Pusha T’s master recipe

Digital cover: While hip-hop’s trends have come and gone, the veteran rapper has never gone out of fashion. In his interview with THE FACE, he praises Kanye West and Pharrell for keeping his sound fresh on new album It’s Almost Dry.

The room was packed, but with hundreds of white hipster kids draped in streetwear. He took out his frustration on the promoter, cussing him out mercilessly. He wasn’t swayed by his insistence that the blogs” were hyping it up for him… at least until he hit the stage, saw the rabid crowd chanting along with the lyrics, and felt it himself.

They had on the same clothes I had on, they had on the same hoodies. They were pointing at me, like, oh man, you got the Bathing Ape general jacket, oh my God! They only made five of those!’ What? Why do y’all even know this? I didn’t even understand. Those same kids are now my fans for life, have been loyalists for all this time. And they’re the reason why I can [rap] fashion bars. They’re the reason that I can say a brand or talk about some fly shit, and they help translate it back to the streets, too.”

Around 2010, Clipse started to come undone, a catalyst being the 32-year prison sentence handed down to their confidant Anthony Geezy” Gonzalez (he was released after serving eight and half). In addition to managing their early career, Gonzalez ran a club called the Encore Lounge in Norfolk, Virginia, and admitted to helming a drug ring that distributed more than a ton of marijuana and 100 pounds of cocaine from 2003 to 2009. He claims that much of the vivid detail found in the Clipse’s cocaine tales were drawn from his own life and experiences, as opposed to theirs.

For what it is that I do, street-rap wise, Pharrell and Yeunderstand the standard thatI’m trying to keep. If we aregonna be great, it has to soundnew. If it don’t sound fresh, weare not using it”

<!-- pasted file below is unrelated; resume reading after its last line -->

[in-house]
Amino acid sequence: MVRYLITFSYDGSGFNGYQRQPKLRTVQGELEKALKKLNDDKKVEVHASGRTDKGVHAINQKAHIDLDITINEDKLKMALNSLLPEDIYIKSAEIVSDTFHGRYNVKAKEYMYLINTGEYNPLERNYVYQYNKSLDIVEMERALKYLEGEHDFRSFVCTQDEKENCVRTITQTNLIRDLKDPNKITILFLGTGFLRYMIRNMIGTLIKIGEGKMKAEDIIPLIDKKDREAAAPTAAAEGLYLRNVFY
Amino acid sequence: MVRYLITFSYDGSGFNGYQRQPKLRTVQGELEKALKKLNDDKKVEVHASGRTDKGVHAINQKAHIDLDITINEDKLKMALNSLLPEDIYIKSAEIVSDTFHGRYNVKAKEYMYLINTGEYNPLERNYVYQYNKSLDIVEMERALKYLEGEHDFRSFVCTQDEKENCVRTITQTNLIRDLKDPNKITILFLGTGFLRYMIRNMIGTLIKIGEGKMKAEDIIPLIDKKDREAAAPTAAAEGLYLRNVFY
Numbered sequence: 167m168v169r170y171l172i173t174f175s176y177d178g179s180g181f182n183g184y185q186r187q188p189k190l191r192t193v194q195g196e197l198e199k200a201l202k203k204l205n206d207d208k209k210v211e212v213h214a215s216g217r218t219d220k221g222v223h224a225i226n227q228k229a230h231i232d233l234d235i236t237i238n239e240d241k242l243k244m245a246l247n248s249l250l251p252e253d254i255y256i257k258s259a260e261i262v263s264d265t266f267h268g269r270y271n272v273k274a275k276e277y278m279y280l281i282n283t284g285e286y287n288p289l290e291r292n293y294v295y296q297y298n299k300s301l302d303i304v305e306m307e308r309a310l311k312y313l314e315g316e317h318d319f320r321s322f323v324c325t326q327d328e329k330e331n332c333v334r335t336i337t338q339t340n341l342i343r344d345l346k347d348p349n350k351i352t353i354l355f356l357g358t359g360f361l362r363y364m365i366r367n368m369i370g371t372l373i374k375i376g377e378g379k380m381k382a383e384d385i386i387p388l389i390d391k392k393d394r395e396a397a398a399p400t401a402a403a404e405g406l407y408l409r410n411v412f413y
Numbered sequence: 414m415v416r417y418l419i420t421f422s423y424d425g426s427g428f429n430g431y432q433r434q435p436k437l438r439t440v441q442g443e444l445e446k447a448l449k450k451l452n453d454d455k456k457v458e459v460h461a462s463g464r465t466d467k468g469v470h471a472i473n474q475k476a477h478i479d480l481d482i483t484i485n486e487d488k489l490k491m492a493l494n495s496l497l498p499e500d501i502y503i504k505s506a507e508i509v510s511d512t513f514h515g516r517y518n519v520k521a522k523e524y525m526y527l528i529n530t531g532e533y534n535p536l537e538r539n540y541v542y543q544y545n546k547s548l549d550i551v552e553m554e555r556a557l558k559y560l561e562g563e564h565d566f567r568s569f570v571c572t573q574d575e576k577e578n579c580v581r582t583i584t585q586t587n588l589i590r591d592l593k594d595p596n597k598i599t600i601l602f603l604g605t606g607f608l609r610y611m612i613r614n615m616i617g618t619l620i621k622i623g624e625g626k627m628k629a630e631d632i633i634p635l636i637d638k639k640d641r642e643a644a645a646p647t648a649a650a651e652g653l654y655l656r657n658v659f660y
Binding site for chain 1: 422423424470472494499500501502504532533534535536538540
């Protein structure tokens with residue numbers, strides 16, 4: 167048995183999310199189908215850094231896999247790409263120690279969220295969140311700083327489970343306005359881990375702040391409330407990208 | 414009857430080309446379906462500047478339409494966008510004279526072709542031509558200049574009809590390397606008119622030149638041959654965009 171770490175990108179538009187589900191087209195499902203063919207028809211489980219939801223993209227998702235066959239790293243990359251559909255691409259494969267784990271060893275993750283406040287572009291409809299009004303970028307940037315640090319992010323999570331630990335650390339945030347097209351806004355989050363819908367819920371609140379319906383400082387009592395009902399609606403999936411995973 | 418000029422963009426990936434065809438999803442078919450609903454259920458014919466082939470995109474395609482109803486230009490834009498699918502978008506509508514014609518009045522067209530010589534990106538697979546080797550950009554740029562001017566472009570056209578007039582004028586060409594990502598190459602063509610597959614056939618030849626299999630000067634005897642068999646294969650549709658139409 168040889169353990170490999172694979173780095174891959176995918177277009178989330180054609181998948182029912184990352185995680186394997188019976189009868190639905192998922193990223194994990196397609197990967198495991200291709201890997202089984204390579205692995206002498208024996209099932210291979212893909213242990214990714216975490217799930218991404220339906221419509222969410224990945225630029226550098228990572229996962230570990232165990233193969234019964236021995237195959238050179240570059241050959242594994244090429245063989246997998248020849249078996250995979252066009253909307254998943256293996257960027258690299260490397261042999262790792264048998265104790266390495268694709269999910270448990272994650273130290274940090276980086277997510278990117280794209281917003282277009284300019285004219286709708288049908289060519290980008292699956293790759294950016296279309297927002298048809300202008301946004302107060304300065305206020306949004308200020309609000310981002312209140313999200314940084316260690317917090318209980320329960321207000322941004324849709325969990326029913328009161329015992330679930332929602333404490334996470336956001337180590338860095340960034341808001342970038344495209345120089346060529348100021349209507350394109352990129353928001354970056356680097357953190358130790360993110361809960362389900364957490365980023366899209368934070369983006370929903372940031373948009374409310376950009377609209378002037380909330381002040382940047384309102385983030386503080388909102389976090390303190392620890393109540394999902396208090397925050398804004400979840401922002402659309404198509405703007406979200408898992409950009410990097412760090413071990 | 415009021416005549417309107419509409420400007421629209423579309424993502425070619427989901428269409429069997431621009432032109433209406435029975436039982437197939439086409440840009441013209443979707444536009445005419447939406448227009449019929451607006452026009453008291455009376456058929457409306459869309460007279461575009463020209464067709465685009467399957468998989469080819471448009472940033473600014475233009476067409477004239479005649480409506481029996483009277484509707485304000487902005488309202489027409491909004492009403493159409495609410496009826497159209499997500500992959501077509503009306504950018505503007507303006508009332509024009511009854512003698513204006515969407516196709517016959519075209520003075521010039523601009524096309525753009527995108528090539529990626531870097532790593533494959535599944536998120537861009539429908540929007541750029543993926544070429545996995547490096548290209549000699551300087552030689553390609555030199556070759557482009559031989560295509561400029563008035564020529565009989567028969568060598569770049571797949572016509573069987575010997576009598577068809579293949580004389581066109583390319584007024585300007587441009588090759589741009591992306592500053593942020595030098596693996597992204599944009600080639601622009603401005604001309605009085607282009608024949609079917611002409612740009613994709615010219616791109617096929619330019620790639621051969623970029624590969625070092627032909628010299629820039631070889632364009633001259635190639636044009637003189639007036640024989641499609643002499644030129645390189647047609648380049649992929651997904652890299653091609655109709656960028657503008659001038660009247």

The Clipse brothers pursued divergent paths: Malice found Jesus (and adopted the name No Malice from 2012 until very recently) and Pusha found Kanye. Drawn into the fold at G.O.O.D. Music, where he would later be named president, Pusha leveraged high-profile guest appearances on the label’s G.O.O.D. Friday singles and West’s world-conquering opus My Beautiful Dark Twisted Fantasyinto a successful solo career. Over his albums My Name is My Name (2013), King Push – Darkest Before Dawn: The Prelude (2015) and Daytona(2018), Pusha carved out his formula of cunning wordplay, crystal-clear delivery, wild ad-libs and an ear for stop-you-in-your-tracks beats that have never gone out of style. 

Pusha’s relationship with Ye is a curious one. Based on mutual respect, they appear to honestly critique each other’s work, to demand the best from each other. It’s no accident that Pusha emerged from the bizarre scene at Ye’s Wyoming compound in 2018, where he recorded five albums – including one for Nas, one for Teyana Taylor, one for his Kids See Ghosts project with Kid Cudi and his own solo effort, Ye – with the seven best beats for Daytona.

Even as Kanye West’s influence – and ego – ballooned to gargantuan proportions, Pusha remained unbothered. Ye could wear a red MAGA hat in public while Pusha compared the Trumpian signifier to a KKK hood, and somehow the two can find a way to break bread and still make compelling art together. It’s a level of courtesy and respect not afforded to everyone in his circle. Just last year Ye disowned John Legend and Big Sean for publicly criticising his political views.

That comes from having my own stance,” Pusha explains. As much as me and him agree, we disagree a lot, and we speak candidly about how we disagree with each other. But at the end of the day, we know that we both have different agendas. Some I ain’t compromising on, some he ain’t compromising on. We are never here to damage each other, though. Me and him can argue back and forth all day. But I ain’t gonna let you do it. We can agree to disagree, but I’m not here to get on TV and let somebody drag him, you know what I’m saying?”

For It’s Almost Dry, Pusha T found explosive creative chemistry with Ye and Pharrell – the superstars with whom he feels most comfortable but who, paradoxically, don’t let him get too comfortable. After all, who else is going to have the chutzpah it takes for Pharrell to tell Pusha he was disappointed in his verse on the track Hear Me Clearly, which initially appeared on Nigos album, suggesting he sounded like a mixtape rapper”?